Mount Sefton facts for kids
Quick facts for kidsMount Sefton
Mount Sefton at sunrise, from Mount Cook Village
|Elevation||3,151 m (10,338 ft)|
|Prominence||1,063 m (3,488 ft)|
|Listing||List of mountains of New Zealand by height|
|Native name||Maukatua (language?)|
|Parent range||Southern Alps|
|First ascent||1894 by Edward FitzGerald|
Mount Sefton (Māori: Maukatua) is a mountain in the Aroarokaehe Range of the Southern Alps of New Zealand, just 12 kilometres (7.5 mi) south of Aoraki / Mount Cook. To the south lies Mount Brunner, and to the north The Footstool, both more than 400 metres (1,300 ft) shorter.
The mountain is prominently visible from Mount Cook Village in the Hooker Valley, with Tuckett Glacier flowing down the south-eastern side of the mountain and Mueller Glacier in the valley below it. With a height of 3,151 metres (10,338 ft), Mount Sefton is the 13th-highest peak in the Southern Alps, and the 4th-highest mountain in New Zealand when excluding peaks of little prominence that are closer than a kilometre to a higher peak.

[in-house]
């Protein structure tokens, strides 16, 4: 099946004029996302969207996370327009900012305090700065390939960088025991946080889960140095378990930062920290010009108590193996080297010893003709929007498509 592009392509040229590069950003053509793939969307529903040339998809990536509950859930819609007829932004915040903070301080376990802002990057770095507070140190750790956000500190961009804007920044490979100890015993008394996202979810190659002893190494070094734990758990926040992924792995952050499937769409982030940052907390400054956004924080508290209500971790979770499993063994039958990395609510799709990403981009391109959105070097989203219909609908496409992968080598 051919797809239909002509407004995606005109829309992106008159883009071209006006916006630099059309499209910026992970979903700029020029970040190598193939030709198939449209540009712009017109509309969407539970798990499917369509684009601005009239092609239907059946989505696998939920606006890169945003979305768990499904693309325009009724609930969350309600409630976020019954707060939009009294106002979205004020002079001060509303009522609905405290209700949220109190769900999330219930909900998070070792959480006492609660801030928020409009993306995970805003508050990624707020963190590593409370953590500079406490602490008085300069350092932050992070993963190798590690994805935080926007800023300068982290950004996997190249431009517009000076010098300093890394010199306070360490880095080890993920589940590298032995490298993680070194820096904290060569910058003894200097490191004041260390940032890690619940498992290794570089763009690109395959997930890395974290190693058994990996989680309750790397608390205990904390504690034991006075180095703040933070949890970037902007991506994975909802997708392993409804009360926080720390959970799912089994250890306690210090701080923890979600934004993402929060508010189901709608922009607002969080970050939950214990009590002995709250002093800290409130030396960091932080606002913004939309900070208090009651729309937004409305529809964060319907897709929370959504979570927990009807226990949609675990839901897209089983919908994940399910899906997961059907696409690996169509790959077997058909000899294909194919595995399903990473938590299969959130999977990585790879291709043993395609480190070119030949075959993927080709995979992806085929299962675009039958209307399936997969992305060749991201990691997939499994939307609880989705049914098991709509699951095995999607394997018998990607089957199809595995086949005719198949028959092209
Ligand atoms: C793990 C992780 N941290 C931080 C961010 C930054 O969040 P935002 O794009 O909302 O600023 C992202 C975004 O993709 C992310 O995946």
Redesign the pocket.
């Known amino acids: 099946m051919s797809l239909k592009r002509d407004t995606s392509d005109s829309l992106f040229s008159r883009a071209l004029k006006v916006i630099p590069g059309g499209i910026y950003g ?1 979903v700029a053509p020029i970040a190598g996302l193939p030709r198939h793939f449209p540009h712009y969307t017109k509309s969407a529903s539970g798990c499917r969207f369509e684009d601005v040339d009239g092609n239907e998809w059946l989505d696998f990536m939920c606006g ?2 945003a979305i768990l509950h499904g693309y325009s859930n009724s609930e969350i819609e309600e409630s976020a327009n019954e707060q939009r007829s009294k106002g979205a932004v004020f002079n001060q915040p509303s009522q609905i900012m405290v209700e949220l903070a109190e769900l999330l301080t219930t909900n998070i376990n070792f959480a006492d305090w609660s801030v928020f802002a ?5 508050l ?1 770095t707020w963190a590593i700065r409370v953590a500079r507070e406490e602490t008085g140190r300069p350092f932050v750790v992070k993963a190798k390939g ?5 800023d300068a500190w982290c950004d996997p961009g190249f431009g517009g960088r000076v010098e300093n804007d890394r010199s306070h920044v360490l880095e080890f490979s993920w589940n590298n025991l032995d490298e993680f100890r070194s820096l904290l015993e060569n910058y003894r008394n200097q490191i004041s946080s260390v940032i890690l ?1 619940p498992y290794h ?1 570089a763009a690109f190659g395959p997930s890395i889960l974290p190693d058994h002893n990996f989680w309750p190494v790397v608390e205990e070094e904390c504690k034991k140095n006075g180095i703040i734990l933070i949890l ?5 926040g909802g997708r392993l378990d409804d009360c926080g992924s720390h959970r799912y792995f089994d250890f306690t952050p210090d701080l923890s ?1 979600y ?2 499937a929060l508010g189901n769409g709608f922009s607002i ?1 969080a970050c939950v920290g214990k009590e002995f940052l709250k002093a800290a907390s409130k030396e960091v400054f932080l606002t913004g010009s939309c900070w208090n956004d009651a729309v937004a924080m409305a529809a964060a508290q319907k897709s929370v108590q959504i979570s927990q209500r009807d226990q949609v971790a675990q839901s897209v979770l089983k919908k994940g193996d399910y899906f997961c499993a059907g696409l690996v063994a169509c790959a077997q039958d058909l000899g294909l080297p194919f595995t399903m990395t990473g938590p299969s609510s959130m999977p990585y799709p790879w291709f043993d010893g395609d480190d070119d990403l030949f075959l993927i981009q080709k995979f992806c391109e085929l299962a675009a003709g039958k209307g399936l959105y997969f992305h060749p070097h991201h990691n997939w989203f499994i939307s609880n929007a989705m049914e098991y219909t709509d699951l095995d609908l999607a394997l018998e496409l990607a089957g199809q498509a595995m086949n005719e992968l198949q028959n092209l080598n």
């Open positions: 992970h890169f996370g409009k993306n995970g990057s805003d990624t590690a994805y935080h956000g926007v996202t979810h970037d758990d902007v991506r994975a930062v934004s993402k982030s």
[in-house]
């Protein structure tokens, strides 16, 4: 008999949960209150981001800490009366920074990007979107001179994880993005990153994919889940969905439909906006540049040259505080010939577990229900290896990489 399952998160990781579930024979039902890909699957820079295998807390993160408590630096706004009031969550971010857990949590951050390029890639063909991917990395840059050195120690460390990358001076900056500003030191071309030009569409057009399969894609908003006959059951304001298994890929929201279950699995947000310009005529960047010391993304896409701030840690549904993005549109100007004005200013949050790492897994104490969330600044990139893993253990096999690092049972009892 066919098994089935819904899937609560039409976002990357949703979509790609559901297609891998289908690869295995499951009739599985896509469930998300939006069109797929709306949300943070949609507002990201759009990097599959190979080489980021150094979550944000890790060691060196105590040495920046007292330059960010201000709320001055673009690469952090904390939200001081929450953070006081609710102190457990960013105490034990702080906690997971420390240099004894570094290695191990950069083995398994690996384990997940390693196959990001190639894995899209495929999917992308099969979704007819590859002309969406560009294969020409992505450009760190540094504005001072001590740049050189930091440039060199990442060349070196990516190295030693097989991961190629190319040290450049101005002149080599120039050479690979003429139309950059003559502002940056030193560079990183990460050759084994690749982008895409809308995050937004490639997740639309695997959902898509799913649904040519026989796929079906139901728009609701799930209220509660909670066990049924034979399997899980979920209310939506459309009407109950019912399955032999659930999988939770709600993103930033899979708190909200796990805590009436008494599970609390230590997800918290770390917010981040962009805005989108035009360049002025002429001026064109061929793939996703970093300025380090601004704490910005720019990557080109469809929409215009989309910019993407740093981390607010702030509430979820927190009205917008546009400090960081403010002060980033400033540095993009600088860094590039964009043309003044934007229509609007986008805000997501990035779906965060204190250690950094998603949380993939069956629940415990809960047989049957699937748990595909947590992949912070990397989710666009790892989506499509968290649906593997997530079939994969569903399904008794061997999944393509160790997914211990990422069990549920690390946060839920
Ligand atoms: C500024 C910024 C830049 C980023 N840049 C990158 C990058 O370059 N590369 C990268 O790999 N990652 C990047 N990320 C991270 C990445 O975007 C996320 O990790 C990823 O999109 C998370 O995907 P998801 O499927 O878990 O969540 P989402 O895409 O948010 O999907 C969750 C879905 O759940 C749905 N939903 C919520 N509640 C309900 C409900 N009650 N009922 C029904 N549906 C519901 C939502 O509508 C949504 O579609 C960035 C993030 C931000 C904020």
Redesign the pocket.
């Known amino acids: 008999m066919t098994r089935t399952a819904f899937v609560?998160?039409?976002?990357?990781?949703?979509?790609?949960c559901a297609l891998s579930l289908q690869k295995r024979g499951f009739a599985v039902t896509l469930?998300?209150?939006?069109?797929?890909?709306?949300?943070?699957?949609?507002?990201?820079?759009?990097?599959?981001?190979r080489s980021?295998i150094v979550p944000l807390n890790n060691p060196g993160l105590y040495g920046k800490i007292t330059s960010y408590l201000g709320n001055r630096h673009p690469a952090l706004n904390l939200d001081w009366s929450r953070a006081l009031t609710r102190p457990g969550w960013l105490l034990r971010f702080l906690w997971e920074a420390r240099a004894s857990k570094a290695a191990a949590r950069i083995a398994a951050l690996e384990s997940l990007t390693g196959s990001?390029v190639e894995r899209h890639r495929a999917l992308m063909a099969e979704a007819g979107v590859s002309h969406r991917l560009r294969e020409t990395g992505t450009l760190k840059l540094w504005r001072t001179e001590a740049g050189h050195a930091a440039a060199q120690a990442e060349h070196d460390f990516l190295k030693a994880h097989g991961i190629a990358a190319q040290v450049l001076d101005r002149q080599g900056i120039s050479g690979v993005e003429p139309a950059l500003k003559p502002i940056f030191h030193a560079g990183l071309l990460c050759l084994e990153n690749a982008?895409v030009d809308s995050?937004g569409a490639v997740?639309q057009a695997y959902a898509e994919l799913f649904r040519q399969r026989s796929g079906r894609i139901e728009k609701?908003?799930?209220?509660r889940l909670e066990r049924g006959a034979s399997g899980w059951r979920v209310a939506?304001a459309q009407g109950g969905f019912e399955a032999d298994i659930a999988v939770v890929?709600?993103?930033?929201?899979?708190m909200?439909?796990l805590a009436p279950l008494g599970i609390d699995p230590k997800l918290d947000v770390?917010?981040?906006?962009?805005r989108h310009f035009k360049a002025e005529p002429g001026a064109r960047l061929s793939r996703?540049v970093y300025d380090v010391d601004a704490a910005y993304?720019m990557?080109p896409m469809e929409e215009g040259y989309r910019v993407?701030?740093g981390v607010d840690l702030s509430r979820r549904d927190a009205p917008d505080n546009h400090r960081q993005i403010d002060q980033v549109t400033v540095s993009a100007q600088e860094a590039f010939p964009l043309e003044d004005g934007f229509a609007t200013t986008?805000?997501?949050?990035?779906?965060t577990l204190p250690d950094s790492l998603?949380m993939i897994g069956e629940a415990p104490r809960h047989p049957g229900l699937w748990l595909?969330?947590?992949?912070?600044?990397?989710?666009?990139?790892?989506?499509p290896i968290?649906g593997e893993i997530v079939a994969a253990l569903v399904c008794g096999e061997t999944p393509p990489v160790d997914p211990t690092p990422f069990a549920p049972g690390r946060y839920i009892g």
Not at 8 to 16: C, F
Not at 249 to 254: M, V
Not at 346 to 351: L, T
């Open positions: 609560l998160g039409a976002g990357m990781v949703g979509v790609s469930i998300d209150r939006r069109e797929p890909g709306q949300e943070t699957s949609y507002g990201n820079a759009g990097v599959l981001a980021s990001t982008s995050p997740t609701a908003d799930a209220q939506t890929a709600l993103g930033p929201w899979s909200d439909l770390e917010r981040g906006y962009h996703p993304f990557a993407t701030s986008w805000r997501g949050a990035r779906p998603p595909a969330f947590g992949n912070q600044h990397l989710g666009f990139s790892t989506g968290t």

The Douglas River (formerly known as the Twain River) begins on Mount Sefton.
An early resident, Charles French Pemberton, named the area, whilst the geologist Julius von Haast named the mountain after William Sefton Moorhouse, the second Superintendent of Canterbury Province. The Māori name of the mountain is Maukatua, which translates as 'mountain of the gods'.
Edward FitzGerald, with Matthias Zurbriggen as his guide, completed the first recorded climb to the summit shortly after Christmas 1894.
Mount Sefton Facts for Kids. Kiddle Encyclopedia.